On 19 July 2011, the Council of Ministers adopted the draft Development Cooperation Act.
Thanks to the Act, Poland - like other EU countries - will have at its disposal a system which will enable it to provide development and humanitarian aid based on standards and procedures guaranteeing efficient and coordinated action. The need to develop such a system stems from our sense of solidarity with developing countries and the willingness to respect our international commitments.
The development cooperation system is based on three elements which simultaneously serve as the three main pillars of our activity in developing countries:
development assistance consisting in support for sustainable socio-economic development, poverty reduction and improving the public health, as well as raising the level of education and professional qualification among the population;
humanitarian aid consisting in the provision of support, care and protection for populations suffering as a result of armed conflict or natural or man-made disasters;
promoting democracy through civil society, independent media, democratic institutions, rule of law, and through the promotion of human rights and freedoms in non-democratic countries and transition countries.
The draft Act streamlines the organizational structure by defining the objectives, principles and forms of development cooperation, introducing coherent terminology and specifying the tasks and coordinating function of the Minister of Foreign Affairs. A Programme Board - acting as an advisory body - will support the minister with regard activities carried out by government administration and the MFA's civil society partners.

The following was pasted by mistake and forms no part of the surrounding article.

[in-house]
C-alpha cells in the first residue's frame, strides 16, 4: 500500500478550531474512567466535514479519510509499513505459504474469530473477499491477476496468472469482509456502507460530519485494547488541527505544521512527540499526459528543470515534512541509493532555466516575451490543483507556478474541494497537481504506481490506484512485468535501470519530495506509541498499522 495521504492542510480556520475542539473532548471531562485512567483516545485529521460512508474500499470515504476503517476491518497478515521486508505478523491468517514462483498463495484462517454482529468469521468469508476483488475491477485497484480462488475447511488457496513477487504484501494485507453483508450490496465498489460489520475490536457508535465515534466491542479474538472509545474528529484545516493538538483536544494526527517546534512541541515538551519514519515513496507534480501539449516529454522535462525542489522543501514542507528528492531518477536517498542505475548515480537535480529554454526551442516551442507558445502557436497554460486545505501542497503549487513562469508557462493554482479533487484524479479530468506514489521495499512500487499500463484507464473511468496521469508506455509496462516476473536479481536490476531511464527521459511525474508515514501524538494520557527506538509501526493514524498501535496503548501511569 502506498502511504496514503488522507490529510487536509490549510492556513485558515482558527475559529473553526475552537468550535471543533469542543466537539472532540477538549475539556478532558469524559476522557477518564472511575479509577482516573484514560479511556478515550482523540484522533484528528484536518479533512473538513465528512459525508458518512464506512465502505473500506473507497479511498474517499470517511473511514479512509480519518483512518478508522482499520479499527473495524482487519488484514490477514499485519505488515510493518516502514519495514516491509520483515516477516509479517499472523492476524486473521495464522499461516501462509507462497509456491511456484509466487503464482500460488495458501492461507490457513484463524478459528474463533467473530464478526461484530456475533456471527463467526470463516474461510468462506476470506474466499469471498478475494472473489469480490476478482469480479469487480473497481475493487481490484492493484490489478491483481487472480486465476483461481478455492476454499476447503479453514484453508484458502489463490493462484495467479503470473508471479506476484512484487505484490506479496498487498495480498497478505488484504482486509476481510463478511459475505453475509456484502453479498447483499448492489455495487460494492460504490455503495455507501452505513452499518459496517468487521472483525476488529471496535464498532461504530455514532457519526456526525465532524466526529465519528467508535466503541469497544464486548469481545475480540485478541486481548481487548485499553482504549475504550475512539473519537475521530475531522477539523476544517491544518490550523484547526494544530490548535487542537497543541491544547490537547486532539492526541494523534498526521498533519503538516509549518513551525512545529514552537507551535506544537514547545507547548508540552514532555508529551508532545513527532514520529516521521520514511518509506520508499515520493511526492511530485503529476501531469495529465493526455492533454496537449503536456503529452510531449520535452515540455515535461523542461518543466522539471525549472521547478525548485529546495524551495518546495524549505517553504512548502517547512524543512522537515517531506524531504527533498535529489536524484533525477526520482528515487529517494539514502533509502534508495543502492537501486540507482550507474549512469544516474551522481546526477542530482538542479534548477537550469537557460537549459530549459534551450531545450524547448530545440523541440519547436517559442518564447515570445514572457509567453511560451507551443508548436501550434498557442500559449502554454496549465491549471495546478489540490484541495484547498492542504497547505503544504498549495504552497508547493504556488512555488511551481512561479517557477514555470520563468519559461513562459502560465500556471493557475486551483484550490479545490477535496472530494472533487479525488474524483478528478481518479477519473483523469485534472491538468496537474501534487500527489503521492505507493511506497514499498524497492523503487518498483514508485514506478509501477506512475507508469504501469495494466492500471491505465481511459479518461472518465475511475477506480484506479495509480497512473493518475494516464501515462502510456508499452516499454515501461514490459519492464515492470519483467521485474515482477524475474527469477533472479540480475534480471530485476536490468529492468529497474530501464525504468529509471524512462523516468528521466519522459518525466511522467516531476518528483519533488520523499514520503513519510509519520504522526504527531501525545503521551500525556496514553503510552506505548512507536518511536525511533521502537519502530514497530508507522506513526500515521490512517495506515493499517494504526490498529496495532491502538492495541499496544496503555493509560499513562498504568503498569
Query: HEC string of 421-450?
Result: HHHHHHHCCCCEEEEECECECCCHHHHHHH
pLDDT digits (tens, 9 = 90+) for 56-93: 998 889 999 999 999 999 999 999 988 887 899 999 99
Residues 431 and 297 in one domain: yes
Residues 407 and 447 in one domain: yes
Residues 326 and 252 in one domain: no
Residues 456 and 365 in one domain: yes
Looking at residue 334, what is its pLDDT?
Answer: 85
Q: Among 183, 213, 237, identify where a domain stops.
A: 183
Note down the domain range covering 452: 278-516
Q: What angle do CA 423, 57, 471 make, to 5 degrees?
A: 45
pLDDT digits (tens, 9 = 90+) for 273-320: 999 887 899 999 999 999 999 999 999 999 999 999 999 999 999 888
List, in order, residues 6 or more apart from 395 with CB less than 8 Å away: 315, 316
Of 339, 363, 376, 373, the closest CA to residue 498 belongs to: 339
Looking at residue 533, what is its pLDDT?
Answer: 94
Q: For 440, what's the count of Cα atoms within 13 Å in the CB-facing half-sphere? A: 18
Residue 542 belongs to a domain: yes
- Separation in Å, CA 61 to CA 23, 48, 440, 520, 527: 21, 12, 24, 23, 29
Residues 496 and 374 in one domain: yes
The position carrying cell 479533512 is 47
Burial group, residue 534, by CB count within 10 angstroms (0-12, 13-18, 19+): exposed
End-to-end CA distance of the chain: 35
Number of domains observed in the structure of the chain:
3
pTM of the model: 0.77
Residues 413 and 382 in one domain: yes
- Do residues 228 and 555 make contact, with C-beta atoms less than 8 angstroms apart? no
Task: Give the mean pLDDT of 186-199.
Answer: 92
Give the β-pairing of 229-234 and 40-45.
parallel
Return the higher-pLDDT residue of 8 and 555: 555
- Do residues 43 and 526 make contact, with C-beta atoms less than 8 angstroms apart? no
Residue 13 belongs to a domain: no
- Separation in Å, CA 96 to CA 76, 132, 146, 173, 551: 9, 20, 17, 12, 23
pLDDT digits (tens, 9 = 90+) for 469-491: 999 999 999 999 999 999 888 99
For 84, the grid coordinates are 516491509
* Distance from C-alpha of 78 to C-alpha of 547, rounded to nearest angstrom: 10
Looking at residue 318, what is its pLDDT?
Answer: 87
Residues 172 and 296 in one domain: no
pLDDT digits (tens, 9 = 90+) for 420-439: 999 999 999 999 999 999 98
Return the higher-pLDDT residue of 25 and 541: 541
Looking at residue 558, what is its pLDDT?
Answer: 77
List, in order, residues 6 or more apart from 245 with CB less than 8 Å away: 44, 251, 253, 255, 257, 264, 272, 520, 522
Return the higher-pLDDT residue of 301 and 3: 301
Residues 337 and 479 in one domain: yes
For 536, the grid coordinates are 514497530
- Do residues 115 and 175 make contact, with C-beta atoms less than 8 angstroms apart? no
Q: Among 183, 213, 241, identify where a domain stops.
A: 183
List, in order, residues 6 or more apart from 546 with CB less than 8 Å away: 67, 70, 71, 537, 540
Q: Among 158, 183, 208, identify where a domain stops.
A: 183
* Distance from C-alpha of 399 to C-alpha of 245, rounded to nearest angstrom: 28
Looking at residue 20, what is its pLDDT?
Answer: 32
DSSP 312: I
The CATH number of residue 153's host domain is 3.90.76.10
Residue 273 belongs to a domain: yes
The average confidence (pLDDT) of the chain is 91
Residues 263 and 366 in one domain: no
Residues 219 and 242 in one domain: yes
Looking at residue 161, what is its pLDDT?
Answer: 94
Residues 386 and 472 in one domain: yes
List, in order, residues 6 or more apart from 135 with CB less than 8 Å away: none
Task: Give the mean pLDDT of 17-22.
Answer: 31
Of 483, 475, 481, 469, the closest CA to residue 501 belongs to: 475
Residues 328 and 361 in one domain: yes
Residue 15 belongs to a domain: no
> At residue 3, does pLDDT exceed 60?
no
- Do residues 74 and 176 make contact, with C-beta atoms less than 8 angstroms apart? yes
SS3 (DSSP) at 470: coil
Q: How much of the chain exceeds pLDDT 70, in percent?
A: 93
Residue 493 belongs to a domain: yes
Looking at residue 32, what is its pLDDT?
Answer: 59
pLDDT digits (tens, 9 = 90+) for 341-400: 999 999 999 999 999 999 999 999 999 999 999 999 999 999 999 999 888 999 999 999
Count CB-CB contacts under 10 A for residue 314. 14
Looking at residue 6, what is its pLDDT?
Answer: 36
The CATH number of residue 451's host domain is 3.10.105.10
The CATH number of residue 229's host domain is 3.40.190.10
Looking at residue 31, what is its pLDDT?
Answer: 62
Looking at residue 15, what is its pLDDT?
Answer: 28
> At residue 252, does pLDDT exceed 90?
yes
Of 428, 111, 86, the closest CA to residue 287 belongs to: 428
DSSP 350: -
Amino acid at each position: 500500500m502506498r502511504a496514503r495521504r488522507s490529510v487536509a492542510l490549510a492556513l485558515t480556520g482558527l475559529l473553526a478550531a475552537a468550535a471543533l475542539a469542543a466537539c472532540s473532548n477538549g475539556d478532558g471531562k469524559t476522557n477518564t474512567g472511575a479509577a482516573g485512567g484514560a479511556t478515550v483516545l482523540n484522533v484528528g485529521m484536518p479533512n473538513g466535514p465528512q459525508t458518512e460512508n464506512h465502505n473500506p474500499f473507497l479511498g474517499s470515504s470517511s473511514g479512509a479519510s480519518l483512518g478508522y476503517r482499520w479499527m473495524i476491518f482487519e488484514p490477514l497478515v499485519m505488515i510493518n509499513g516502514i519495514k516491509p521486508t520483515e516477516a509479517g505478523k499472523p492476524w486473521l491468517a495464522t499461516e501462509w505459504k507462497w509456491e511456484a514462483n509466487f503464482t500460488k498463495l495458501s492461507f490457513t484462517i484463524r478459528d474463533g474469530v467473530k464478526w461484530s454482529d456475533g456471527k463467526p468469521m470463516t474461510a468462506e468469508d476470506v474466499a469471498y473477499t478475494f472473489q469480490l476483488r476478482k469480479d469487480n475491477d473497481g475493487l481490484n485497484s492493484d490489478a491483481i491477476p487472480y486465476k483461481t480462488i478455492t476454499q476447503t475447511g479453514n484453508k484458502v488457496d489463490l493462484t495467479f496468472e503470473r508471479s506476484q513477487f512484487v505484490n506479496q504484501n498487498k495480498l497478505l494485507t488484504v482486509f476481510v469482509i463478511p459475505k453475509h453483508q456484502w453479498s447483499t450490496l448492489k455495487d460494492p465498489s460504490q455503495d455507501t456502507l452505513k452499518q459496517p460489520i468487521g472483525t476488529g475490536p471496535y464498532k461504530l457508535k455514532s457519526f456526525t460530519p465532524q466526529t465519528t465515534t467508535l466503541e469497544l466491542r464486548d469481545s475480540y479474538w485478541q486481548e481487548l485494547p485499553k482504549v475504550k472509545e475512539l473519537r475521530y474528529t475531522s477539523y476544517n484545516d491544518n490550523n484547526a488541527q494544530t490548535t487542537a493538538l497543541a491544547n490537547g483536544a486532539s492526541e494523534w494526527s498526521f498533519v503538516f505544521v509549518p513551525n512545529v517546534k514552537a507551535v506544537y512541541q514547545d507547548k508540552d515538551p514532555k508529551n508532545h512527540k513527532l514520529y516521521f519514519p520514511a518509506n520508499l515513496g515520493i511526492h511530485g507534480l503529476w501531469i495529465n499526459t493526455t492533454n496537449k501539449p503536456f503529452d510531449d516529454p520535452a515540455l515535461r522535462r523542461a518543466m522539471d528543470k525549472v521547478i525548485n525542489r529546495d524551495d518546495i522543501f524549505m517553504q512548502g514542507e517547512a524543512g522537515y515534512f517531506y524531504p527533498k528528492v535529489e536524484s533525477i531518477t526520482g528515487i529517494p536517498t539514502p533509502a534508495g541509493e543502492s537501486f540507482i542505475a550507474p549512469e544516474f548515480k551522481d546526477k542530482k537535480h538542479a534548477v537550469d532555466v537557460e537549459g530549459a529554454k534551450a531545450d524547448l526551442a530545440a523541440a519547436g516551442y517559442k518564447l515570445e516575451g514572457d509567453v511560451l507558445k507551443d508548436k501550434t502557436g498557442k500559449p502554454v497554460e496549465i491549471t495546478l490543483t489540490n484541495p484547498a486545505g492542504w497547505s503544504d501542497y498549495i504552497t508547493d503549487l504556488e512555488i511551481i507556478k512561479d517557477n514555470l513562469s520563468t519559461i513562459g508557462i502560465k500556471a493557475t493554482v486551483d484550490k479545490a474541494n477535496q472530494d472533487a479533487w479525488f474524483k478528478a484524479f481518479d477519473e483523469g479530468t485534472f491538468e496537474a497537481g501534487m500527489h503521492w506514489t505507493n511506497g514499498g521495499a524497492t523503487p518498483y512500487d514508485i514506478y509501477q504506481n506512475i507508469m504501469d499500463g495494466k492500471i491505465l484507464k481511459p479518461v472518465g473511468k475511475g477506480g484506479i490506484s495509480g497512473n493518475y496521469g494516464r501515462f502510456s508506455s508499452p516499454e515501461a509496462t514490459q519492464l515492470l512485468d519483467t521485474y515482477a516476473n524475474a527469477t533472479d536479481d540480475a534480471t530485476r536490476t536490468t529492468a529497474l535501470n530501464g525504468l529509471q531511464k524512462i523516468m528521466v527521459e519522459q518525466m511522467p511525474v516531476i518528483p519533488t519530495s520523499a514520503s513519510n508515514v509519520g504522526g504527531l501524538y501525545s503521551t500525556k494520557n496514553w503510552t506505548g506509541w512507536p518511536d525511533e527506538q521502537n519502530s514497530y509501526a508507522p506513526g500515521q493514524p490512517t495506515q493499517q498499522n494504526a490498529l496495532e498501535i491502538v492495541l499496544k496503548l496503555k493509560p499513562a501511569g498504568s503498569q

The draft Act also closely regulates the development cooperation programming process. The five-year development cooperation programmes and the two-year operational plans designed pursuant to the programmes will ensure that Polish development cooperation remains consistent and oriented for the long-term.
The shape of the instruments provided for in the draft Act were also influenced by the recent events in the European Union's neighbourhood: firstly in Belarus, then in Tunisia, Egypt and other North African and Middle Eastern countries. The draft Act therefore provides for the establishment of an external operator - independent of the MFA - of actions to support NGOs, independent media outlets, democratic institutions, as well as to promote the protection of the rights and freedoms of the individual. The Foundation for International Solidarity, created on the basis of Polish Know How Foundation for International Development Cooperation, will serve as the operator, to which the Minister of Foreign Affairs will be able to commission the performance of certain tasks by way of the Foundation's re-granting of funds.
The draft Act will be submitted to Parliament shortly. The new regulations are planned to enter into force on 1 January 2012.